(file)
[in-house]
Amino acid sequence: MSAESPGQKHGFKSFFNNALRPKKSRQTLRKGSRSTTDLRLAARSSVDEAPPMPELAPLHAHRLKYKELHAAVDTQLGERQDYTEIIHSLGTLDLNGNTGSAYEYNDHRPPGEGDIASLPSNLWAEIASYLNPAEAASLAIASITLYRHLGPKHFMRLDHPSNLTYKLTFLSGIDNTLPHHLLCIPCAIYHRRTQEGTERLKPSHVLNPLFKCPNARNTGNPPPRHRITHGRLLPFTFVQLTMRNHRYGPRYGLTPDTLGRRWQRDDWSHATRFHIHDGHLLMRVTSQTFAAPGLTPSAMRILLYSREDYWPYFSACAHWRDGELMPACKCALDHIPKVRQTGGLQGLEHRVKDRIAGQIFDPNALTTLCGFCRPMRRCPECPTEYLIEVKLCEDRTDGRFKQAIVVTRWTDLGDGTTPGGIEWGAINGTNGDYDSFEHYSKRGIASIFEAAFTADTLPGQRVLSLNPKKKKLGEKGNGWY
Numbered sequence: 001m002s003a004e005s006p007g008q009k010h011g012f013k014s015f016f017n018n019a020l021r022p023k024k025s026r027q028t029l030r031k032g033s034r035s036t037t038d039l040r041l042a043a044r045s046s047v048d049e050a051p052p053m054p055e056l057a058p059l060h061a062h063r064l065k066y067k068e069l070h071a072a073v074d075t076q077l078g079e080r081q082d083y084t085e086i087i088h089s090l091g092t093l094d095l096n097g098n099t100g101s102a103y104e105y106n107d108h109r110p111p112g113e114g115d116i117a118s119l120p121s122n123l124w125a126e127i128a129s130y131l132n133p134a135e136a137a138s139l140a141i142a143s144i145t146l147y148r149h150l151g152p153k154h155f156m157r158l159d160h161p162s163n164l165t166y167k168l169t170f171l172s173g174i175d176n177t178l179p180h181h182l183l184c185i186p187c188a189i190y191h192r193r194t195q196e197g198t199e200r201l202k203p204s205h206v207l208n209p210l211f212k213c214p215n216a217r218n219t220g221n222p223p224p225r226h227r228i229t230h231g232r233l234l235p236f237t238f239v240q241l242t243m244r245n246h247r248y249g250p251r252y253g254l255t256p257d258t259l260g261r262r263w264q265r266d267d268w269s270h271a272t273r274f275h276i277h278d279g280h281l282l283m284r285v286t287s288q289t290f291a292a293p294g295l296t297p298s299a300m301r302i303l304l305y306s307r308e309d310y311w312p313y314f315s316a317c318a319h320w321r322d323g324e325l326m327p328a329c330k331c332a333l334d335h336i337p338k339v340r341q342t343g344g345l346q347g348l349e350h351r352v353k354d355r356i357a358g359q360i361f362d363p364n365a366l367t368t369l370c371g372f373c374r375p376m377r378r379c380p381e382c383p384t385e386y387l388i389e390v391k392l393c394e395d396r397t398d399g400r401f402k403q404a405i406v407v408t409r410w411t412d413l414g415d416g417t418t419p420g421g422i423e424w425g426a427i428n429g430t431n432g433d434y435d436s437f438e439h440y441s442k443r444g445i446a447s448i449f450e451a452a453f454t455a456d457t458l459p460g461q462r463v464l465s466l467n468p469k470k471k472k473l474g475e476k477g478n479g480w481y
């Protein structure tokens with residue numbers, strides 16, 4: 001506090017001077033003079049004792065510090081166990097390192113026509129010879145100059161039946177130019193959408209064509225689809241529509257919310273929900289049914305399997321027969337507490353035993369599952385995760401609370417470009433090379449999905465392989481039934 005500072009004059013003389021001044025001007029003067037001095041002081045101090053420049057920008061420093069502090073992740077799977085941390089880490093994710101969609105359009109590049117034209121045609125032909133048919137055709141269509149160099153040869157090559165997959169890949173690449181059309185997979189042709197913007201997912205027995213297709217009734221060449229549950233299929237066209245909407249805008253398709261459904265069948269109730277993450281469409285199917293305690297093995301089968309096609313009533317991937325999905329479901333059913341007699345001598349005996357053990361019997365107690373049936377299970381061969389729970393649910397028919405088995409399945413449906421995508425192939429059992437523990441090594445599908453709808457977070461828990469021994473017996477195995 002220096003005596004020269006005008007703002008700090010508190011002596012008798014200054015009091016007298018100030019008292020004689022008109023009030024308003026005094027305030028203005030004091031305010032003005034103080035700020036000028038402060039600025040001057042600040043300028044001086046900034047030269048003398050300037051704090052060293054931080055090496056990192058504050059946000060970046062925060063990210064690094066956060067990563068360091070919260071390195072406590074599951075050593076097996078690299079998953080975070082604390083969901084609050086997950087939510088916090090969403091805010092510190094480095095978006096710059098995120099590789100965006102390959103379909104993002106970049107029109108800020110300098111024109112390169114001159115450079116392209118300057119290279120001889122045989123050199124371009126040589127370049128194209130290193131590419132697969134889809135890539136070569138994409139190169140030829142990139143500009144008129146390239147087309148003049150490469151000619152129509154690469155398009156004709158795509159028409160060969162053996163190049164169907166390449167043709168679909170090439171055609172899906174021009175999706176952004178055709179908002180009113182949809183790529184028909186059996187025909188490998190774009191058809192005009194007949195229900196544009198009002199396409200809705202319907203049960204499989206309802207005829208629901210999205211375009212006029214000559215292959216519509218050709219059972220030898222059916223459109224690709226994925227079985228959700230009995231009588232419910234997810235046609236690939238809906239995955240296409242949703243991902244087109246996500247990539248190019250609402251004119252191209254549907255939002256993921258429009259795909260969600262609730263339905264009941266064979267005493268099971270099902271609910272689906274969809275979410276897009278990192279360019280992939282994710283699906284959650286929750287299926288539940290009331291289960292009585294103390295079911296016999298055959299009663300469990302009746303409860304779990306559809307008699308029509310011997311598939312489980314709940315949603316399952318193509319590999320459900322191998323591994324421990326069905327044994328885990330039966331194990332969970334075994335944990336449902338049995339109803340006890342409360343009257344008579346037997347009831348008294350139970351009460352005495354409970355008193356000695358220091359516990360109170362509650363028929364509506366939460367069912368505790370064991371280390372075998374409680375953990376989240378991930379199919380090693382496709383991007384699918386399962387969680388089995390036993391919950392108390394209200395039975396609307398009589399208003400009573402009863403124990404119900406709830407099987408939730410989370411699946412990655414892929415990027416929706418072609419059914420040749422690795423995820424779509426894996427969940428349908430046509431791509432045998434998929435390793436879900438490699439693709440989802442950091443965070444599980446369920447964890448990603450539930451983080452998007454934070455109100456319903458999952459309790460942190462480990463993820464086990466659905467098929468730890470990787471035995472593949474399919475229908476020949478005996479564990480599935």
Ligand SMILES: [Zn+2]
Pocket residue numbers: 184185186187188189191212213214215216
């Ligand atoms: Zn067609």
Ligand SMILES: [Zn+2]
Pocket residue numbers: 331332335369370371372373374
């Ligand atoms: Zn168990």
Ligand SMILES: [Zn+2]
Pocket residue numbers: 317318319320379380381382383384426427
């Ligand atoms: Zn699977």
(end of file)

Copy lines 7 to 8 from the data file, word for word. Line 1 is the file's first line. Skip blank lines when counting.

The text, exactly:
């Ligand atoms: Zn067609």
Ligand SMILES: [Zn+2]